The McGill Physiology Virtual Lab

Compound Action Potential

Conduction velocity> Difference and Absolute methods
 

The objective of this part of the lab is to measure the conduction velocity of several groups of fibres in the nerve, using two different methods.


 

 
 

Background

The variation in conduction velocity in the various fibres in the nerve is an important factor in determining the shape of the Compound Action Potential, since the conduction velocity of each fibre determines the latency of its contribution to the CAP.

Conduction velocity is systematically related to fibre diameter in fibres of a given type.  In myelinated frog nerve fibres, the relationship is approximately:

Velocity (m/s) = Diameter (Ámeters) x 2.5

The conduction velocity of nerve is normally reported in meters per second.  It is more easily recorded as millimeters per millisecond, which yields the same result.
 

Procedure: the difference method

The stimulus duration is set to 0.2 ms, and two pair of  recording leads are connected similar to the example below:
 
 

A maximal CAP is elicited, and the latencies (in ms) to the peaks of the responses are measured. This latency signifies the time it took for average fibres in the nerve to transmit their APs from the stimulating electrodes to the first recording electrode.

Recording from Channel A

(proximal electrode R1)

Recording from Channel B

(distal electrode R7)

In order to calculate a velocity measurement, we need a time and a distance measurement. Now if we subtract the latency determined proximally from the latency determined distally, we are getting a value for the time it took for the CAP to travel from electrode R1 to electrode R7.

Conduction velocity (difference method)

= (d2-d1)/(latencydistal - latencyproximal)

In summary, to calculate the conduction velocity by the Difference Method, we must take latency measurements using two different recording positions. The conduction distance is the distance between the first recording electrode for each position, and the conduction time is the difference between the latencies at the first recording electrode for each position. 
 

Procedure: the absolute method

The conduction velocity can also be calculated by the absolute method, which means that the velocity is calculated using a single latency and distance measurement.  Here we will calculate the absolute velocity at electrode R1.
In this case, we will need to measure the absolute distance travelled.  In the sample bath to the right, we measure from the cathode (the stimulating electrode nearest the recording electrodes) to the first recording electrode R1

Latency = latency at electrode R1 (ms)
d = distance (mm) from stimulating electrode to recording electrode R1

Velocity = d / latency (m/s) or (mm/ms)

One can also calculate the velocity for electrode R7: the same formula applies except that the distance d and the latency are of course longer.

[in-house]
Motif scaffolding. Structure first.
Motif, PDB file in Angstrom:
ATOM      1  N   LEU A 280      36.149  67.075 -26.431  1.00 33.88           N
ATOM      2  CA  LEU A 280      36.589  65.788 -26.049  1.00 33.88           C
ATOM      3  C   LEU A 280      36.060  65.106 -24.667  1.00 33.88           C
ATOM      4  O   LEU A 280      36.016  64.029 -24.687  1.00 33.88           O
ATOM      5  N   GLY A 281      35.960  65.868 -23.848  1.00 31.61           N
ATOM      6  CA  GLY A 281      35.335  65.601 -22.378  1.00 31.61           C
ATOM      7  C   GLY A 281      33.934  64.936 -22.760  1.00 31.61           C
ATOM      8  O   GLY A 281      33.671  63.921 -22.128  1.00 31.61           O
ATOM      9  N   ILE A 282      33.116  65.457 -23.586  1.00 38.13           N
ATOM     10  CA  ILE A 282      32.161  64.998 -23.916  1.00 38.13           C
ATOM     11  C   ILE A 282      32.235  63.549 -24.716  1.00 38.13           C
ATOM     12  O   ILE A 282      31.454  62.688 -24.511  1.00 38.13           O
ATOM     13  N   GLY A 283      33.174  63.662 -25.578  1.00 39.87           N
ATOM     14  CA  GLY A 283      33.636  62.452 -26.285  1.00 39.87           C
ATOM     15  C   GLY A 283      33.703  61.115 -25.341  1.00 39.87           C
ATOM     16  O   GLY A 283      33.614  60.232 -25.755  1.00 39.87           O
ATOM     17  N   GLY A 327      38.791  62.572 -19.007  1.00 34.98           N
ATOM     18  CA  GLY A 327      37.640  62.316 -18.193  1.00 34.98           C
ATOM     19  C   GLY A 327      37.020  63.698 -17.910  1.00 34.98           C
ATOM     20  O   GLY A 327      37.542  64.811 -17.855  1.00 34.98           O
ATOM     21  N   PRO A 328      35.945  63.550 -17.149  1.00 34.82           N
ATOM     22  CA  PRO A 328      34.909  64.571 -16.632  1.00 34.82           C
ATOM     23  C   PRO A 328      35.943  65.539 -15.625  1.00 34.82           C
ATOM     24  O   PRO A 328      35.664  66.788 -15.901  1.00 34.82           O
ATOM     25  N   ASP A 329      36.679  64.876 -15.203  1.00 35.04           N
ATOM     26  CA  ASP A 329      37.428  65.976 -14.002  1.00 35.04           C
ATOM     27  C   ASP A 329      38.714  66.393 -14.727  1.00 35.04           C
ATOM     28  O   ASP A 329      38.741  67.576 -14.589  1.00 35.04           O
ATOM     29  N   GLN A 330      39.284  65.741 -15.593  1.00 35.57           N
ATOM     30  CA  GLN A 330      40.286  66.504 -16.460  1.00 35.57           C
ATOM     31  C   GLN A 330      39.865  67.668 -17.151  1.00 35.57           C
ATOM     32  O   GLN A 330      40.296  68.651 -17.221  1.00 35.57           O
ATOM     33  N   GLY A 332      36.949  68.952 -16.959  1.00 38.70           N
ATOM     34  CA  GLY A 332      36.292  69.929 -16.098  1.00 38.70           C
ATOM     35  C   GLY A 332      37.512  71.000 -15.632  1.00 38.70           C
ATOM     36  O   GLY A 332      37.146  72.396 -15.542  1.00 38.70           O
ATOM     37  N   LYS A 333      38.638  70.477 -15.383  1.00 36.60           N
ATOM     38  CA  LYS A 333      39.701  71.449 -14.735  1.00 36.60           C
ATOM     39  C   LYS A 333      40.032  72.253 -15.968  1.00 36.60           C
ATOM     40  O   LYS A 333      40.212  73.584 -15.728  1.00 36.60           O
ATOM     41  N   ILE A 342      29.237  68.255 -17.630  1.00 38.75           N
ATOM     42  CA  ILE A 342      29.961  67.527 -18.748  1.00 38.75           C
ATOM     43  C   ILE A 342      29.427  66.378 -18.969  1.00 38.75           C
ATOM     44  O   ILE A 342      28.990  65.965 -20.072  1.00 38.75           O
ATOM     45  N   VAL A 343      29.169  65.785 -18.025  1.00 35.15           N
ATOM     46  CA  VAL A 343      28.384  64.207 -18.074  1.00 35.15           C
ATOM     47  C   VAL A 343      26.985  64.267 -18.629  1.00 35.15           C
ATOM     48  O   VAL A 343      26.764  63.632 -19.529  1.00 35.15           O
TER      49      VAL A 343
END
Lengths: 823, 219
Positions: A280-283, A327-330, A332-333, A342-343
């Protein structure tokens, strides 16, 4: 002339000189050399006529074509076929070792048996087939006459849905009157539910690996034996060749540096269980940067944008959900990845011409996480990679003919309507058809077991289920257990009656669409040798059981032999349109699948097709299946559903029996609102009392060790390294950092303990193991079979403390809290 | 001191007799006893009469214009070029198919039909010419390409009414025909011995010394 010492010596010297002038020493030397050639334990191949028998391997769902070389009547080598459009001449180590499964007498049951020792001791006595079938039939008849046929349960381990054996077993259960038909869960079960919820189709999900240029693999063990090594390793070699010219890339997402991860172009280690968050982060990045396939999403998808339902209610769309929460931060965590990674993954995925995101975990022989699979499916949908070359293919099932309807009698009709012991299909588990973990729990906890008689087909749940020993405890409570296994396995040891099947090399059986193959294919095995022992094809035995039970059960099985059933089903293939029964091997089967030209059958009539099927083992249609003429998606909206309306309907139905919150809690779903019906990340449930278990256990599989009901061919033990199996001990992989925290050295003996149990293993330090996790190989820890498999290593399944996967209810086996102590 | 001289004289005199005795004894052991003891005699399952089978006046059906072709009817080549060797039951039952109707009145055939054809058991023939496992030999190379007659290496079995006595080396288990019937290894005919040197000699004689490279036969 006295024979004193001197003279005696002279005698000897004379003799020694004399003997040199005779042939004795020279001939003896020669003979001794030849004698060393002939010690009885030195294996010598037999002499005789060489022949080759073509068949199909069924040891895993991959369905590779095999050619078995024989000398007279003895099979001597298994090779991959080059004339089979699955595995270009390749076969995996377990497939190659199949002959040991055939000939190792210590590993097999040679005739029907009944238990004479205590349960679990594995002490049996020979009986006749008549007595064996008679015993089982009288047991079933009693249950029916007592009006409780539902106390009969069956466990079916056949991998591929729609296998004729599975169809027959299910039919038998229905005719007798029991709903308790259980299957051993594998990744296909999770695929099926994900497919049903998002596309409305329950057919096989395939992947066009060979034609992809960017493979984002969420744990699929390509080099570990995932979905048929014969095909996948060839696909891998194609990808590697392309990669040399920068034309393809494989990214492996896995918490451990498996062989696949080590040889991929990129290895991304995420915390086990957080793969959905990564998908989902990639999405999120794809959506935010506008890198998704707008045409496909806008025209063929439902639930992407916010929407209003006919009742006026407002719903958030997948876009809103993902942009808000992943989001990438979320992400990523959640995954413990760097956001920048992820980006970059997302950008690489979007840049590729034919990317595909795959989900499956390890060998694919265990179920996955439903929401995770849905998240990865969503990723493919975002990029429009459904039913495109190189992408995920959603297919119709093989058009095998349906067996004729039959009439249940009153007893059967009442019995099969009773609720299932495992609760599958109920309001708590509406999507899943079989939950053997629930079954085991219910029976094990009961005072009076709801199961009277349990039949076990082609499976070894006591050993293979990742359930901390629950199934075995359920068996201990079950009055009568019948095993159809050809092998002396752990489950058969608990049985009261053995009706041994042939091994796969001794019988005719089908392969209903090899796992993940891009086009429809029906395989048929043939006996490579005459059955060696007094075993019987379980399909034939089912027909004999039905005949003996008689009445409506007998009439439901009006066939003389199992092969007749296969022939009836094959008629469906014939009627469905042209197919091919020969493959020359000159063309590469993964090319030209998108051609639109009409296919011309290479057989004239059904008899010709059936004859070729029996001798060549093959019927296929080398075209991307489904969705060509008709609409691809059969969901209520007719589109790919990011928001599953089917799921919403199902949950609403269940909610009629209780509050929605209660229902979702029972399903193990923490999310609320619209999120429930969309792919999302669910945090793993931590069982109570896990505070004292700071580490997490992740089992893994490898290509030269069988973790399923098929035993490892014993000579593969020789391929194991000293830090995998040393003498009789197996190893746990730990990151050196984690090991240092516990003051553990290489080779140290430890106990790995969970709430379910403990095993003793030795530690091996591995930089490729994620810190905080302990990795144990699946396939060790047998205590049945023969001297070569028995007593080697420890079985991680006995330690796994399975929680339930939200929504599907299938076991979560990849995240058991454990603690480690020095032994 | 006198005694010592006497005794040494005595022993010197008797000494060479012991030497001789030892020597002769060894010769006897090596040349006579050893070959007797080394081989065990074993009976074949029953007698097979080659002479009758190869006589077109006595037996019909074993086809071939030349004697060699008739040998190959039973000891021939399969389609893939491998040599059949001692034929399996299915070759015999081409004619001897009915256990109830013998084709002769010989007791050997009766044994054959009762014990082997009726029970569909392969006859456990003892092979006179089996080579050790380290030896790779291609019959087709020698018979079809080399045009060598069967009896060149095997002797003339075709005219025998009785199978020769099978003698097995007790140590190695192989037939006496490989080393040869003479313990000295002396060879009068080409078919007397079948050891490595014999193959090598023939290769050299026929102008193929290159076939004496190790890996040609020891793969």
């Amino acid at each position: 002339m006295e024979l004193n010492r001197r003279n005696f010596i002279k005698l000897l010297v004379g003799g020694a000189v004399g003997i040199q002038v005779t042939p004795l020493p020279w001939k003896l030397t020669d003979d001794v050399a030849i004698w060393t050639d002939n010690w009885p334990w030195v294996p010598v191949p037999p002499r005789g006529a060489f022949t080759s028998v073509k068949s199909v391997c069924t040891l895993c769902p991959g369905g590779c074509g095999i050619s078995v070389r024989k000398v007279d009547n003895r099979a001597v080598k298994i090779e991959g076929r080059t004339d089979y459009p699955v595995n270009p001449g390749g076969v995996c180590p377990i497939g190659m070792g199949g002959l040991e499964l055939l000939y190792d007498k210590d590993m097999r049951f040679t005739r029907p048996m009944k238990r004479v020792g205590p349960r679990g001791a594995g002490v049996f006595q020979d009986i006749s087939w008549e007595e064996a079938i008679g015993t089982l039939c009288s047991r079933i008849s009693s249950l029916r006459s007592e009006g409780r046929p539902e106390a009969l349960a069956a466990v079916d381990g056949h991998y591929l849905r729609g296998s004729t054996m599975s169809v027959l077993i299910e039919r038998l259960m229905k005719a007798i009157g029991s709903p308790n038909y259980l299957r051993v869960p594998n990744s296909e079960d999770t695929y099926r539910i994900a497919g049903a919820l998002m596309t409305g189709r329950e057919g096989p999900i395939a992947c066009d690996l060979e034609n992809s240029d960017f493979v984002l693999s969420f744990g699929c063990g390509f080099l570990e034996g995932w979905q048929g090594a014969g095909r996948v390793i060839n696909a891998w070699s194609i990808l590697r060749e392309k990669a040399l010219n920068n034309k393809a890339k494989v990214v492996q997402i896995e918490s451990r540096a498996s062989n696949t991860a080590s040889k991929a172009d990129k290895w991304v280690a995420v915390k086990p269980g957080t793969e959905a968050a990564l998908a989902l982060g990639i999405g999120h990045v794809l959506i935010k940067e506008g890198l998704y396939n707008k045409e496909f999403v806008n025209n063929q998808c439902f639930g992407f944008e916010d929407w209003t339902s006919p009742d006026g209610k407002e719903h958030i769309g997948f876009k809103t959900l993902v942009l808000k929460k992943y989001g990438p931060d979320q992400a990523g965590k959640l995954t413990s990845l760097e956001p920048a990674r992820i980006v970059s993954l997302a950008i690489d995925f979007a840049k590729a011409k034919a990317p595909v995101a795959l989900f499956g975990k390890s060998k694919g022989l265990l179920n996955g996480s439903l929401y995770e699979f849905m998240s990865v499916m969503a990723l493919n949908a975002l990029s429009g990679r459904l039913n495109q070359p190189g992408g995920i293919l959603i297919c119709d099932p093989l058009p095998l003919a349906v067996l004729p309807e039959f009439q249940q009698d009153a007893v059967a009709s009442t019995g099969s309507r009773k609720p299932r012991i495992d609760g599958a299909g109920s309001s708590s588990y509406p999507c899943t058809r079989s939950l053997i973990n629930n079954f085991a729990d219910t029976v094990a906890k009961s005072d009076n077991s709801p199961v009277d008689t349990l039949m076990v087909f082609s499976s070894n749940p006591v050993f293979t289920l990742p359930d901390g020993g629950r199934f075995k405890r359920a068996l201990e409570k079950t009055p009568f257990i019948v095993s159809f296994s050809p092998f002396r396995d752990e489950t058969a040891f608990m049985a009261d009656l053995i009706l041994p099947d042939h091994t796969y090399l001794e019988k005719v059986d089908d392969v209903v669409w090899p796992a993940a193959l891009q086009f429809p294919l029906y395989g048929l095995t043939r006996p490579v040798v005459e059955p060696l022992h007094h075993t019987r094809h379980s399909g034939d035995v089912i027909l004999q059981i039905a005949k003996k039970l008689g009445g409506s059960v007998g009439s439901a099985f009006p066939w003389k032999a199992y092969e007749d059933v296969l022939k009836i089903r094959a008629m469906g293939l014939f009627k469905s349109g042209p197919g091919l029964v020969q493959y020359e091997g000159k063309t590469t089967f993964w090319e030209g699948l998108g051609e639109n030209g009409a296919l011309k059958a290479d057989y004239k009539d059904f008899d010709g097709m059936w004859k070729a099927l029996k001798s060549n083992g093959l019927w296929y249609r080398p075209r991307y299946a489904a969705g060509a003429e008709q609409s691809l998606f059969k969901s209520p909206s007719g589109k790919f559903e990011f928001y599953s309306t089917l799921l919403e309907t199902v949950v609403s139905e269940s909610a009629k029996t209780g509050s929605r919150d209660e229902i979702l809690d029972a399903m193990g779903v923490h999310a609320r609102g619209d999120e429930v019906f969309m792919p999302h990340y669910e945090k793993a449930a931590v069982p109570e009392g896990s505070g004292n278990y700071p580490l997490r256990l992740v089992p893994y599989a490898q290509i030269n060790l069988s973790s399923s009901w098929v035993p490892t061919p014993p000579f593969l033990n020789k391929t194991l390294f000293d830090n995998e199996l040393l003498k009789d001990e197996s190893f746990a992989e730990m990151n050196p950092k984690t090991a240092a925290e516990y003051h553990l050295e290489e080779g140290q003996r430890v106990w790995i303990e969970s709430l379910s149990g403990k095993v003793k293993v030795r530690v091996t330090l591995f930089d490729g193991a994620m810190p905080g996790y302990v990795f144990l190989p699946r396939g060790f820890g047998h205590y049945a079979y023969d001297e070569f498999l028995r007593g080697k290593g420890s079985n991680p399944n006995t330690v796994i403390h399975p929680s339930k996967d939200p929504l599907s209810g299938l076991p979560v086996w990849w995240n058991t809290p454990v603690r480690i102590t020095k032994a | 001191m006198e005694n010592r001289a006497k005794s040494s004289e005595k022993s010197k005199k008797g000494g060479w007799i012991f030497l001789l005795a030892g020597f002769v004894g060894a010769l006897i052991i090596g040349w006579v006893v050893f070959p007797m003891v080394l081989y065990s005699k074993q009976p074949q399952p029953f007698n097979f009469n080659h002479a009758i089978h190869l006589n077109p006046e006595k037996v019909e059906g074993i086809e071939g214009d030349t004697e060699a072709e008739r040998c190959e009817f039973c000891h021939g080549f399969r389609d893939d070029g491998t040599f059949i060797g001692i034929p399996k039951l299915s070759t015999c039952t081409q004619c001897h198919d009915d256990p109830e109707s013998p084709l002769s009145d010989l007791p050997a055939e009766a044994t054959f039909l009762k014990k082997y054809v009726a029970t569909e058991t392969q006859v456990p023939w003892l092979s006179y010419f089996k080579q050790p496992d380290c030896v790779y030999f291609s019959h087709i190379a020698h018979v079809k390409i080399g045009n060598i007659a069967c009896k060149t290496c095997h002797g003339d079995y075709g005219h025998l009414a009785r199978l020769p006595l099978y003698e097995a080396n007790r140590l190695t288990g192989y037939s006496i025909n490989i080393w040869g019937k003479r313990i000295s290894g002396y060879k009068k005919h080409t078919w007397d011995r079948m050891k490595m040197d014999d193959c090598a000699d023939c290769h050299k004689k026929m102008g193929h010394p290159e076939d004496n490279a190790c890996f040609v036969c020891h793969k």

Questions and answers

Q: How do the absolute and difference methods for calculating velocity compare?  What errors are involved in determining velocity with the frog sciatic nerve preparation?
A:  By using the difference method, you subtract out any "uncertainties" involved in the measurement of latencies.  For example, if we are uncertain as to where the AP's are actually originating within the vicinity of the stimulating electrodes, this "error" will be introduced into both latency measurements, and therefore subtracted out when performing a difference method calculation.  However, the difference method is only experimentally sound when one is dealing with the same population of nerve fibres over the recording electrodes used, which is not the case with the sciatic nerve, as it is a short nerve, and thin at one end.
     The non-uniformity of the nerve, and the difficulty in making accurate measurements of very small distances and latencies are principal points to consider when making conduction velocity measurements. Naturally if the nerve studied were longer and more uniform, we would improve the accuracy of our calculations.

Q:  Could we just as easily have measured velocities by taking a latency measurement to the peak of the negative phase of the CAP (instead of to the peak of the positive phase)?
A:  We could do the measurement using the peak of the negative phase of the CAP, but the negative phase is often smaller, overlapping with the positive phase, thus making measurements more difficult. If we did measure the latency at the negative phase, it would be a latency corresponding to the second recording electrode, and distance measurements would then have to be taken accordingly.

Click here to continue with the topic of conduction velocity (a-alpha and A-beta fibres)